Peer-Reviewed Journal Details
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Twomey E.;Hill C.;Field D.;Begley M.
Journal Of Antibiotics
Bioengineered nisin derivative M17Q has enhanced activity against Staphylococcus epidermidis
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Antibacterial peptide Bacteriocin Bioengineered peptide Biofilm Medical device related infections Nisin Staphylococcus epidermidis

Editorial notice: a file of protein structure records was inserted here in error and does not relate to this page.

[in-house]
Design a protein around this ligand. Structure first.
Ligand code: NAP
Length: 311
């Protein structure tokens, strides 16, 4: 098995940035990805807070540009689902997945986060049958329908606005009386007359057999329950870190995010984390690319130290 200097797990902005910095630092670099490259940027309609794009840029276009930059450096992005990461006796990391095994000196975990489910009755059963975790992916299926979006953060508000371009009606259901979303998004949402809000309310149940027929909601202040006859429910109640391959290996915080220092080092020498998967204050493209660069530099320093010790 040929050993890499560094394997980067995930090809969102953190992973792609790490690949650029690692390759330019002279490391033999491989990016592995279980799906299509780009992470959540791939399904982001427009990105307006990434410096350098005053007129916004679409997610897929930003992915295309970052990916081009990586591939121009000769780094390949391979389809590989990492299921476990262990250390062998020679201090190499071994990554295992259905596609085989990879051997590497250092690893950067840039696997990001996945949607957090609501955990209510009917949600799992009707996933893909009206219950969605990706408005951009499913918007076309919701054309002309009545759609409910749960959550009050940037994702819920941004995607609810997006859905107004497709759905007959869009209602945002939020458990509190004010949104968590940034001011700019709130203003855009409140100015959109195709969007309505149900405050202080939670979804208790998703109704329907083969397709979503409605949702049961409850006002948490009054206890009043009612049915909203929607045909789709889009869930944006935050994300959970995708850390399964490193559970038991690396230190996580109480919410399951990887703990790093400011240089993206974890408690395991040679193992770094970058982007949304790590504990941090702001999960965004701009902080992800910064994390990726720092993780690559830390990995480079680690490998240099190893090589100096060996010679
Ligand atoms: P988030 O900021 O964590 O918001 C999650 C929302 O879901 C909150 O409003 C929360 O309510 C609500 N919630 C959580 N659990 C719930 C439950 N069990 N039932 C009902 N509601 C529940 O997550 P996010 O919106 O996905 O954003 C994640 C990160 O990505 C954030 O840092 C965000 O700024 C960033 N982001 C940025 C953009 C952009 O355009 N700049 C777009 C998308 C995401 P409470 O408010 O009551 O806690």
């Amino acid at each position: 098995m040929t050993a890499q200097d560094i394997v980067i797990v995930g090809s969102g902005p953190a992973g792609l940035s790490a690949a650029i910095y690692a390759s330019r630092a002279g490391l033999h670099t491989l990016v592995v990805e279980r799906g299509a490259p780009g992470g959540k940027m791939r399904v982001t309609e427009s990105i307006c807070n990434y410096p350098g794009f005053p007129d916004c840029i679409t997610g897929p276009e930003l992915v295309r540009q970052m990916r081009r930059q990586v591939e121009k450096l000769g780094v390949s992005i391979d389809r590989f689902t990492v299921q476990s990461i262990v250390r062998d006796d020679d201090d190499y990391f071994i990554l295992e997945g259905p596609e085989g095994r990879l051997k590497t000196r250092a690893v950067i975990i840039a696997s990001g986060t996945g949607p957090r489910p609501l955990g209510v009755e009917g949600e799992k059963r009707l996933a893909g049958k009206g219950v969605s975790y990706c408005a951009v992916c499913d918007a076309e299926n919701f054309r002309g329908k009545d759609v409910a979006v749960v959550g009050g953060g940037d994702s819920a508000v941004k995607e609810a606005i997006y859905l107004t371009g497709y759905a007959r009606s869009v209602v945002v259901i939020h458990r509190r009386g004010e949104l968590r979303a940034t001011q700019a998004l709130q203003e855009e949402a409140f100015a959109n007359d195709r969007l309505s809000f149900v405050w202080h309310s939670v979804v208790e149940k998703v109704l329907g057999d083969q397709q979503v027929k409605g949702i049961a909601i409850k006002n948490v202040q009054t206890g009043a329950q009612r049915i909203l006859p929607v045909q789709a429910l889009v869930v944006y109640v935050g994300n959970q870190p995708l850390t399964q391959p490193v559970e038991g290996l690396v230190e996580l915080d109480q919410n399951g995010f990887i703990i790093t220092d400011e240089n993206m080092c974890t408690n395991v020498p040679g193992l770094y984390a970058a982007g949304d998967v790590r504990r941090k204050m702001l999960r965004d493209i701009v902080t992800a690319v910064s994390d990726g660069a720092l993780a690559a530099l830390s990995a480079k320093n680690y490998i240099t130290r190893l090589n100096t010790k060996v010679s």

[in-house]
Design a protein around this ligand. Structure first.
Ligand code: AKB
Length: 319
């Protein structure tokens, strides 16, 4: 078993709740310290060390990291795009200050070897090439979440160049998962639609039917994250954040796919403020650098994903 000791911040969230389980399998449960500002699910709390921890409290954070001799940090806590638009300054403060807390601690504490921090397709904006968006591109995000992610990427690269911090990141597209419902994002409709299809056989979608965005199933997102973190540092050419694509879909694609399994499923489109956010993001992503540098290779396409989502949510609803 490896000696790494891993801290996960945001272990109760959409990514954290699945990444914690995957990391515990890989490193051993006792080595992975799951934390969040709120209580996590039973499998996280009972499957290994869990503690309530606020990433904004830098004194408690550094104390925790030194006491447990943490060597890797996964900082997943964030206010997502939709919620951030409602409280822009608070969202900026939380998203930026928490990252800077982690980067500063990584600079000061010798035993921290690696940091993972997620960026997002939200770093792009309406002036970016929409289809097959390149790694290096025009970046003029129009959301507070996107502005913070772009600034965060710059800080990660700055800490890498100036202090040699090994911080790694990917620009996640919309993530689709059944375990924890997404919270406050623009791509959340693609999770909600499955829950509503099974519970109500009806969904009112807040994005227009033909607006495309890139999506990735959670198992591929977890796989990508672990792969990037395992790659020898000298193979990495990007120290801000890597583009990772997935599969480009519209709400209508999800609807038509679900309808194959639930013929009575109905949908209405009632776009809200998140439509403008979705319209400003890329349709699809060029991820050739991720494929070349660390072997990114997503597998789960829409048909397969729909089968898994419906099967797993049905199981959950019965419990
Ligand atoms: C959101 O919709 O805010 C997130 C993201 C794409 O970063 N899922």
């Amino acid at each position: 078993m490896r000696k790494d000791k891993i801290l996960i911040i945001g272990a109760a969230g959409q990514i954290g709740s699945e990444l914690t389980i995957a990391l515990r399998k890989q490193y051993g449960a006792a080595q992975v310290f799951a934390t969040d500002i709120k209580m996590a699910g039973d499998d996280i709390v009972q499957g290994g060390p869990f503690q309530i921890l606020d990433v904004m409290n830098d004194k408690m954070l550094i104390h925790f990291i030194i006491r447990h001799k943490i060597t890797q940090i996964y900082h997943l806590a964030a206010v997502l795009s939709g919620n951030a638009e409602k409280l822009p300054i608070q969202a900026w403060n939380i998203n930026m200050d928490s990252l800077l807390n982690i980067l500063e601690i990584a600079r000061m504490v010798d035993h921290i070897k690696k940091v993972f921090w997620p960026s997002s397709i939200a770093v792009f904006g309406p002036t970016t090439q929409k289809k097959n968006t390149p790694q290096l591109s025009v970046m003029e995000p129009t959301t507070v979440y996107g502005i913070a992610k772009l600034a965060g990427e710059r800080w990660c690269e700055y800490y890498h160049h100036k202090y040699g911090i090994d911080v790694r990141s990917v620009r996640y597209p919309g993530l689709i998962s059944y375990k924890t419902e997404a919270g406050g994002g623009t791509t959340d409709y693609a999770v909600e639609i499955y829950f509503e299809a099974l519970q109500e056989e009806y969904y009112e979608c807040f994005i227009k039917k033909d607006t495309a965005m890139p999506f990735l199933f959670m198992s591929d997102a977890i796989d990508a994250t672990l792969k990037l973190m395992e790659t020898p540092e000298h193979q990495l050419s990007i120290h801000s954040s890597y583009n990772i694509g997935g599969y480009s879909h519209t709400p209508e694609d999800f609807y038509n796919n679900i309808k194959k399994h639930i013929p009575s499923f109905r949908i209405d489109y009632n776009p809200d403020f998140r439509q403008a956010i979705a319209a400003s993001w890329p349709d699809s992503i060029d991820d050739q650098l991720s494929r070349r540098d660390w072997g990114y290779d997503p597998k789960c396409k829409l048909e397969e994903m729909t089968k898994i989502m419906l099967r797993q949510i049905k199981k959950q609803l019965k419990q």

2020 by the authors. Licensee MDPI, Basel, Switzerland. Staphylococcus epidermidis is frequently implicated in medical device-related infections. As a result of this, novel approaches for control of this opportunistic pathogen are required. We examined the ability of the natural peptide nisin A, produced by Lactococcus lactis, to inhibit S. epidermidis. In addition, a bank of 29 rationally selected bioengineered L. lactis strains were examined with the aim of identifying a nisin derivative with enhanced antimicrobial activity. Agar-based deferred antagonism assays revealed that wild type nisin A inhibited all 18 S. epidermidis strains tested. Larger zones of inhibition than those obtained from the nisin A producing L. lactis strain were observed for each derivative producer against at least one S. epidermidis strain tested. Six derivative producing strains, (VGA, VGT, SGK, M21A, M17Q, AAA), gave larger zones against all 18 strains compared to the wildtype producing strain. The enhanced bioactivity of M17Q was confirmed using well diffusion, minimum inhibitory concentration (MIC) and a broth-based survival assays. Biofilm assays were performed with plastic microtiter plates and medical device substrates (stainless-steel coupons and three catheter materials). The presence of nisin A significantly reduce the amount of biofilm formed on all surfaces. M17Q was significantly better at reducing biofilm production than nisin A on plastic and stainless-steel. Finally, M17Q was significantly better than nisin A at reducing bacterial numbers in a simulated wound fluid. The findings of this study suggest that nisin and bioengineered derivatives warrant further investigation as potential strategies for the control of S. epidermidis.
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